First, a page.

When I received my exam back, it had a -1 circled at the top of the page next to a 99. I asked Dr. Yeh why he had deducted one point from my score. He said, "because no one gets 100 in my class." Dr. Yeh and I have remained friends for almost 40 years. He attended my wedding and my 50th birthday party. He would have attended my retirement dinner had he not had a previous a conflict that had been long planned.
When I started this quest, I fully expected to complete all 100 courses by June 11th. It was not just an aspiration, it was a committed goal. Up until a few weeks ago when my round was regrettably canceled at Shinnecock HIlls, I still fully expected to meet my goal. I must admit that as I struggled to find a replacement host even with a lot of hard work by several of you, some doubt begin to creep in. I thought back to that first 99 that I got from Dr. Yeh and wondered if I'd receive a 99 in my quest instead of a 100.
Even in the midst of this doubt, I continued to believe that somehow, someway, it would all come together. I continued to forge forward with playing the remaining courses at a horrid pace. I refused to let up. I learned at any early age when I played football that you don't let your team down. You fight to the end. You leave it all on the field. Honestly, I couldn't give up. I did not want to let all of you down that had done some much to help write this incredible story. I also believed that you would do what you had done up to this point. Something incredible. And you did!
Yesterday I got confirmation on a tee time at Pine Valley. Today I received confirmation from one of the folks working to get me on at Shinnecock, that we are scheduled to play on Sunday morning. I am overcome with emotion. Together we are nearing the end of an amazing journey. Below is the schedule for the remaining eight courses. Thank you again for all you have done to make this journey possible.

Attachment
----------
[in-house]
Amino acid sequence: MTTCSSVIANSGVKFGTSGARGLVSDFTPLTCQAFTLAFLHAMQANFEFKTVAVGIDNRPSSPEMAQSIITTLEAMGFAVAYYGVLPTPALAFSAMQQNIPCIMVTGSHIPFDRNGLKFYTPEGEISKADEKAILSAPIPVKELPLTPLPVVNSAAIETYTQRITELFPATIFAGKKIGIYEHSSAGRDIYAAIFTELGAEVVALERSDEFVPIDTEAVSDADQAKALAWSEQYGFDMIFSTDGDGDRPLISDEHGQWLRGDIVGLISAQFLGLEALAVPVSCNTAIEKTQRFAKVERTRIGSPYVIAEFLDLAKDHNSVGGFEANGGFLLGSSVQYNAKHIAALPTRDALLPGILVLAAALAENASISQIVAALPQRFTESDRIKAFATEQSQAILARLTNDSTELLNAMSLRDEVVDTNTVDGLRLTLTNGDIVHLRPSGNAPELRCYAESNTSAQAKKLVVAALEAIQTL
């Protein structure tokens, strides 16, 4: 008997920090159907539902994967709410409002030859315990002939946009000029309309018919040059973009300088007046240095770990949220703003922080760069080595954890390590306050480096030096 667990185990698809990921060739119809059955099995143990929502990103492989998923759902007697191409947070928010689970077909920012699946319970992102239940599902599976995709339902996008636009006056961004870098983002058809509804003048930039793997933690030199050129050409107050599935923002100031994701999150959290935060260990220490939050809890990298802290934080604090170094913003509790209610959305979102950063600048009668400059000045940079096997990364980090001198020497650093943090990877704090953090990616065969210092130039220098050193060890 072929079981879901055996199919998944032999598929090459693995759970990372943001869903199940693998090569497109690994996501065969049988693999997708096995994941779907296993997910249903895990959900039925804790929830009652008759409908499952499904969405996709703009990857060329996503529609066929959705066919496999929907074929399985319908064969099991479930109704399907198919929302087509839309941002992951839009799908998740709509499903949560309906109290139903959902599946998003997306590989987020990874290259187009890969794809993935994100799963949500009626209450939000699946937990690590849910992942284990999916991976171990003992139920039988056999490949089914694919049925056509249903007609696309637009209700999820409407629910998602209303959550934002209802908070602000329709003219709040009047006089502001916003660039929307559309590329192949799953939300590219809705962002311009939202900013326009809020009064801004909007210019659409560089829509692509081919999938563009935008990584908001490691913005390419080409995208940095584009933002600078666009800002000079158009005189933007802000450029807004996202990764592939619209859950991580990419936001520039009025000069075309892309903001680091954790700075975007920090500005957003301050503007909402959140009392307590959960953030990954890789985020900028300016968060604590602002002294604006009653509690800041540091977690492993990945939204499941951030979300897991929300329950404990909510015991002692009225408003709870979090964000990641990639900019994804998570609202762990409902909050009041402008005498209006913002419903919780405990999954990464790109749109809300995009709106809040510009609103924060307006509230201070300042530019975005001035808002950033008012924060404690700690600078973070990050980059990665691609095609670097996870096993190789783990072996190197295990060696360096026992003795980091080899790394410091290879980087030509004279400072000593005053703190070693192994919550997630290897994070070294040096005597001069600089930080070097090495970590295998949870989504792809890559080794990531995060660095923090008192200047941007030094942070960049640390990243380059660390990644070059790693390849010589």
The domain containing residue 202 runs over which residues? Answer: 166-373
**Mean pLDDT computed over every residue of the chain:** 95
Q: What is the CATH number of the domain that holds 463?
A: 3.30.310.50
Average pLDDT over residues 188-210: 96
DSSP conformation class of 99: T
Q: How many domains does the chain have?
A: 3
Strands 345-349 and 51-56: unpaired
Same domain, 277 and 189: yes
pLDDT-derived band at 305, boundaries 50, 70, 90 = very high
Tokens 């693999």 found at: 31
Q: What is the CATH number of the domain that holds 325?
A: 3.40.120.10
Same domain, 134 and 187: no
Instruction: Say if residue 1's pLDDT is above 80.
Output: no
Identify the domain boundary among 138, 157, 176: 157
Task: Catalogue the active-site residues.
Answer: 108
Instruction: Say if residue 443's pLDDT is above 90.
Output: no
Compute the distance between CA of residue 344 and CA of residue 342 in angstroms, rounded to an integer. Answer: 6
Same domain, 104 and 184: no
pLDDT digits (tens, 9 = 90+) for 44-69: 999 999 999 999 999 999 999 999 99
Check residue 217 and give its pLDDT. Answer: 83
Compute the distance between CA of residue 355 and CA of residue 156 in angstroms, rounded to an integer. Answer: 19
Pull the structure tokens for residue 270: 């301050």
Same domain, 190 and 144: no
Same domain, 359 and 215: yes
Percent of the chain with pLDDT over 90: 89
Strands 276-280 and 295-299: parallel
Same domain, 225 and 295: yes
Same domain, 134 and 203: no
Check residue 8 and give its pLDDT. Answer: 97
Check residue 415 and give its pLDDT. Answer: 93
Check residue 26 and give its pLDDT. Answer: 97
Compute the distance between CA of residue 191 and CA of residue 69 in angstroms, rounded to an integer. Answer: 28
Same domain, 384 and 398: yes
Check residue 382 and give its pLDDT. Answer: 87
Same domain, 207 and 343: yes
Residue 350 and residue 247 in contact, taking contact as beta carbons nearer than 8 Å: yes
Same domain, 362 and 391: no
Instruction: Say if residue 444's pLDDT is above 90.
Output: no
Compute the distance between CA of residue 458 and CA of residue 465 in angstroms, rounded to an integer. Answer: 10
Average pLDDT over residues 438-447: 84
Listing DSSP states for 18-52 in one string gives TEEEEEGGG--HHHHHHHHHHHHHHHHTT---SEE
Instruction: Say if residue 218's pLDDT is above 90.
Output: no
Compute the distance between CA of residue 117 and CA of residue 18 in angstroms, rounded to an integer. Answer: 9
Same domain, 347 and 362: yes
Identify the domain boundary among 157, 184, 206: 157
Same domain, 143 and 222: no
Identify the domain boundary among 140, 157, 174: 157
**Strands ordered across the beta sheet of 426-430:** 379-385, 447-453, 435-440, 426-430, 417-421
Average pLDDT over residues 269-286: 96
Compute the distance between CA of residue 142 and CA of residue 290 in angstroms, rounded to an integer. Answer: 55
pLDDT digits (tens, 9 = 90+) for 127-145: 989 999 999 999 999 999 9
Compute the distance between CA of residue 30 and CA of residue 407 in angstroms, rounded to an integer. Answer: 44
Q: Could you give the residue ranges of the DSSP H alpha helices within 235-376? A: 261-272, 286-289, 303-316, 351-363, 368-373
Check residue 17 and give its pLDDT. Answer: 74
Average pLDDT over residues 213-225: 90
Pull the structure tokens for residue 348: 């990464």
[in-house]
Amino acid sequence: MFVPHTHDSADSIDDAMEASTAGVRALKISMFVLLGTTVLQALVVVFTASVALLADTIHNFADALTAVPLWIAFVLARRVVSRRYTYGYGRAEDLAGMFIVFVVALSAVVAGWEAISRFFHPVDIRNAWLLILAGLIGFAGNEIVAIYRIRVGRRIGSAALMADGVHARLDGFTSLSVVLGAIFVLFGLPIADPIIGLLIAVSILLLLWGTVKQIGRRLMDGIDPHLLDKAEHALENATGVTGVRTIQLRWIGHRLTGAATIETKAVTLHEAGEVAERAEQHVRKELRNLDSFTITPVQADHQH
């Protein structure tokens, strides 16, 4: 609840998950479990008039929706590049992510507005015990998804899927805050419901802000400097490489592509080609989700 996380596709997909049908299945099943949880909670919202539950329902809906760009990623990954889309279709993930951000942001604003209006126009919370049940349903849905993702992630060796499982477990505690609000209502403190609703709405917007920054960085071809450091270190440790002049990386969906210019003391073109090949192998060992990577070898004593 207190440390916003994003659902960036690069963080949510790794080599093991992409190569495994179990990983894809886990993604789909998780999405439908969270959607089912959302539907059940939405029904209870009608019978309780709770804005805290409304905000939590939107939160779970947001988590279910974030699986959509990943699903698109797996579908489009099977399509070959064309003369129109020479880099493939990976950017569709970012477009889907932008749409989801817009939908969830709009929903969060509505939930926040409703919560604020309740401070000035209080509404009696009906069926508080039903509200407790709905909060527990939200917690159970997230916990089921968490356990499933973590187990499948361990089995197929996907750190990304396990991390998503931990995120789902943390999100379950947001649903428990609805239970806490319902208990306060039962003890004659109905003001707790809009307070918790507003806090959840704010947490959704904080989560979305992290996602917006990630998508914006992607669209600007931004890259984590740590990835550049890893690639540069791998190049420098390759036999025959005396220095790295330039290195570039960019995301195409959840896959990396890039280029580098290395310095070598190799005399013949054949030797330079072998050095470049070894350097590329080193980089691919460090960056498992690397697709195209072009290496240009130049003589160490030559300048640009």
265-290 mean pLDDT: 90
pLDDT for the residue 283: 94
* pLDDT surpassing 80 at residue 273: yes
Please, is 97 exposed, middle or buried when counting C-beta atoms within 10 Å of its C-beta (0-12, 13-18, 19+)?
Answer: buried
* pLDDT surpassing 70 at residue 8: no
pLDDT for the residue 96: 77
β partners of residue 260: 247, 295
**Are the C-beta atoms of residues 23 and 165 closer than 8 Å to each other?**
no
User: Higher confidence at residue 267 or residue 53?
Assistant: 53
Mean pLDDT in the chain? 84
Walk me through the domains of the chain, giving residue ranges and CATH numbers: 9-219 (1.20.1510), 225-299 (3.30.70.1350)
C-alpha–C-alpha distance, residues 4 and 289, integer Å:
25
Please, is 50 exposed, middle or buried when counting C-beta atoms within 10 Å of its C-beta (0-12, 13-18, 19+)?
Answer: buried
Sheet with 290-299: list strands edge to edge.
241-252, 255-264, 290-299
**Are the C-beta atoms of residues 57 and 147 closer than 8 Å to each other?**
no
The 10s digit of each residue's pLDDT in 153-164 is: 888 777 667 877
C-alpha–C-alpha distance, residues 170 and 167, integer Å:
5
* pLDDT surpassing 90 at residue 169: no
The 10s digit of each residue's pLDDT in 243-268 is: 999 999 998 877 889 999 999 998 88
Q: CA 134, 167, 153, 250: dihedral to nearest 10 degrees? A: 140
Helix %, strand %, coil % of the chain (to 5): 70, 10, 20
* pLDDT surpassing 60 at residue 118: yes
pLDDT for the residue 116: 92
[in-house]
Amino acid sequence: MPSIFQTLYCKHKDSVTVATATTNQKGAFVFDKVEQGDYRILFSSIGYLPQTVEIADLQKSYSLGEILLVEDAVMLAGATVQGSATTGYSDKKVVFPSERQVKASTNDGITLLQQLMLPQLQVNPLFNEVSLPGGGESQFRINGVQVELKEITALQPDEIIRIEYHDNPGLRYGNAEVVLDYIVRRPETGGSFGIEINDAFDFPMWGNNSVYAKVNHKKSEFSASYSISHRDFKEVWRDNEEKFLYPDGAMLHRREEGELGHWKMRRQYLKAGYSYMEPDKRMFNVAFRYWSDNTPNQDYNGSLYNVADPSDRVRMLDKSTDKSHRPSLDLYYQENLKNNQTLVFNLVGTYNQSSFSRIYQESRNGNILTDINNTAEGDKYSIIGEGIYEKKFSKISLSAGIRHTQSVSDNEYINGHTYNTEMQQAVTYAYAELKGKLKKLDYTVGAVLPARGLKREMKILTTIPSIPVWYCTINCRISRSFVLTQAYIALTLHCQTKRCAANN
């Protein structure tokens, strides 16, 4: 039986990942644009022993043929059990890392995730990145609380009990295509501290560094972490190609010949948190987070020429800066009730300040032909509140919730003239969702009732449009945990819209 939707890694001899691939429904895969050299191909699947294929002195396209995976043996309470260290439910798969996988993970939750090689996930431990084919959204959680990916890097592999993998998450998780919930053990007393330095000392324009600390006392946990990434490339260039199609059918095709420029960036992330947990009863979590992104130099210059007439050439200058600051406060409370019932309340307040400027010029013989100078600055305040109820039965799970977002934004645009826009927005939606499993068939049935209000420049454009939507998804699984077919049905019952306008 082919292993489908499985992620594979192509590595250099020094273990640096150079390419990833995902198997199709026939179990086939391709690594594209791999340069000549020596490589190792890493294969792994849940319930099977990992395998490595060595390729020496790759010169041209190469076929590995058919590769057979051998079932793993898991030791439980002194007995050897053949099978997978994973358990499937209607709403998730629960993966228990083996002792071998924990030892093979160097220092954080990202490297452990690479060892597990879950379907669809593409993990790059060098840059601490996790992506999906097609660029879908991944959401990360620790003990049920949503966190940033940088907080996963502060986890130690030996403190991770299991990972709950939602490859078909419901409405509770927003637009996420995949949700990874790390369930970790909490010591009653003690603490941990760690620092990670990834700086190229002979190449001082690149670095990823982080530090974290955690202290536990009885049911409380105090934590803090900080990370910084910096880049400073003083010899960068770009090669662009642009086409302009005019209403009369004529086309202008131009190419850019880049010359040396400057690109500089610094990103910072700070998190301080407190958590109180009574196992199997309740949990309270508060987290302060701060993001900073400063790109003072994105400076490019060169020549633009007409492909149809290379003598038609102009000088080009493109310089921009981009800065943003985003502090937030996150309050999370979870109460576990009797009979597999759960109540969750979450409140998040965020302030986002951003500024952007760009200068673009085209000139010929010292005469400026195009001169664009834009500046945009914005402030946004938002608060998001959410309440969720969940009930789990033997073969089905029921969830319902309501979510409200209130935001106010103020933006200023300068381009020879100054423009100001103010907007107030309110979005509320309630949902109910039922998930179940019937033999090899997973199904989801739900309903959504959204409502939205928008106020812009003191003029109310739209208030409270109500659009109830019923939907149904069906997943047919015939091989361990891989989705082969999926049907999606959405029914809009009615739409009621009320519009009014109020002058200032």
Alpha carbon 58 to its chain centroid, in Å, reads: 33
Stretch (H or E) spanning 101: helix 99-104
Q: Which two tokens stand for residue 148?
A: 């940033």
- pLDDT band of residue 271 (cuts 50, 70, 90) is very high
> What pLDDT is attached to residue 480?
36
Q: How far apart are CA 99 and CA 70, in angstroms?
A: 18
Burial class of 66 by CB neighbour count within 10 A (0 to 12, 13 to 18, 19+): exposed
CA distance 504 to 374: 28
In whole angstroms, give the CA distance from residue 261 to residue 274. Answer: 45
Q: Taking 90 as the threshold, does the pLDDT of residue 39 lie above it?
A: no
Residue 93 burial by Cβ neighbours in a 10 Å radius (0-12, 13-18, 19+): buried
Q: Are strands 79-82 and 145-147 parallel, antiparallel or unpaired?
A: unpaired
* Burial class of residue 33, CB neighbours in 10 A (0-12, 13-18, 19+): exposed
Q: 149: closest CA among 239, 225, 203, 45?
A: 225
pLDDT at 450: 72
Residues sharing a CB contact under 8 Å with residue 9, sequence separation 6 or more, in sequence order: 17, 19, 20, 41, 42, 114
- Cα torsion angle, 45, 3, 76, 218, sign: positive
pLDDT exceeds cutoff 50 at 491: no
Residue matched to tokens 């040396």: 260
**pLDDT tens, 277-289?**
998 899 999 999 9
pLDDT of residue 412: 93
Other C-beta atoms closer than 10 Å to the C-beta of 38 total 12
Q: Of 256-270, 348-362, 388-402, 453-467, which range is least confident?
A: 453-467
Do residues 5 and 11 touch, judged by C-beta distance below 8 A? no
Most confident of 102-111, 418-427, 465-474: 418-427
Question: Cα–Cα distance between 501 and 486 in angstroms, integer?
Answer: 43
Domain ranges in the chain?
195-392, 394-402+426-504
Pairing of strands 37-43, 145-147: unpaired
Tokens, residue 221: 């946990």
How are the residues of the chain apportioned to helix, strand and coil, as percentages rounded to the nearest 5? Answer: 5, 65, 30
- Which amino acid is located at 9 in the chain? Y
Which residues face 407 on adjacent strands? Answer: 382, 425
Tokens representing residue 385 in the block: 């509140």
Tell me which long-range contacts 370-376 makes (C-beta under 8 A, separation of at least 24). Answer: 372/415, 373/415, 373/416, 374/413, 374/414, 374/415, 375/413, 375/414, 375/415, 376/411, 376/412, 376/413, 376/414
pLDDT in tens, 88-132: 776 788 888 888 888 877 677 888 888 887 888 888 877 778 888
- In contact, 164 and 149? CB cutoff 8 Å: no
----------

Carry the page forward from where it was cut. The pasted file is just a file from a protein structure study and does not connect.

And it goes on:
With heartfelt gratitude,
93 May 31 Rich Harvest Farms
94 June 1 Oak Hills
95 June 3 Shinnecock Hills
96 June 5 Pine Valley
97 June 7 The Golf Club at Black Rock
98 June 8 Gozzer Ranch Golf and Lake Club
99 June 10 The Ocean Course at Kiawah Island
100 June 11 Wade Hampton
We have one week, five courses, and 5844 miles to go before we complete our quest to play the Golf Digest 2017-18 Top 100 Courses in America. My goals for the quest were to complete all 100 Courses by June 11th, get my USGA Index to single digits, make a hole in one, and make new friends.
Here is where I currently stand on each of those goals. I've played 95 of the 100 courses. The final course, Wade Hampton is scheduled for the afternoon of June 11th. My index is currently at 10.0, I had three tough rounds this week, Chicago Golf Club, Rich Harvest and Shinnecock. I can't have any more of those types of rounds. I need to finish strong on the final five courses. I've come very close to five holes-in-one during the quest, but haven't sealed the deal. There are 20 more par threes remaining.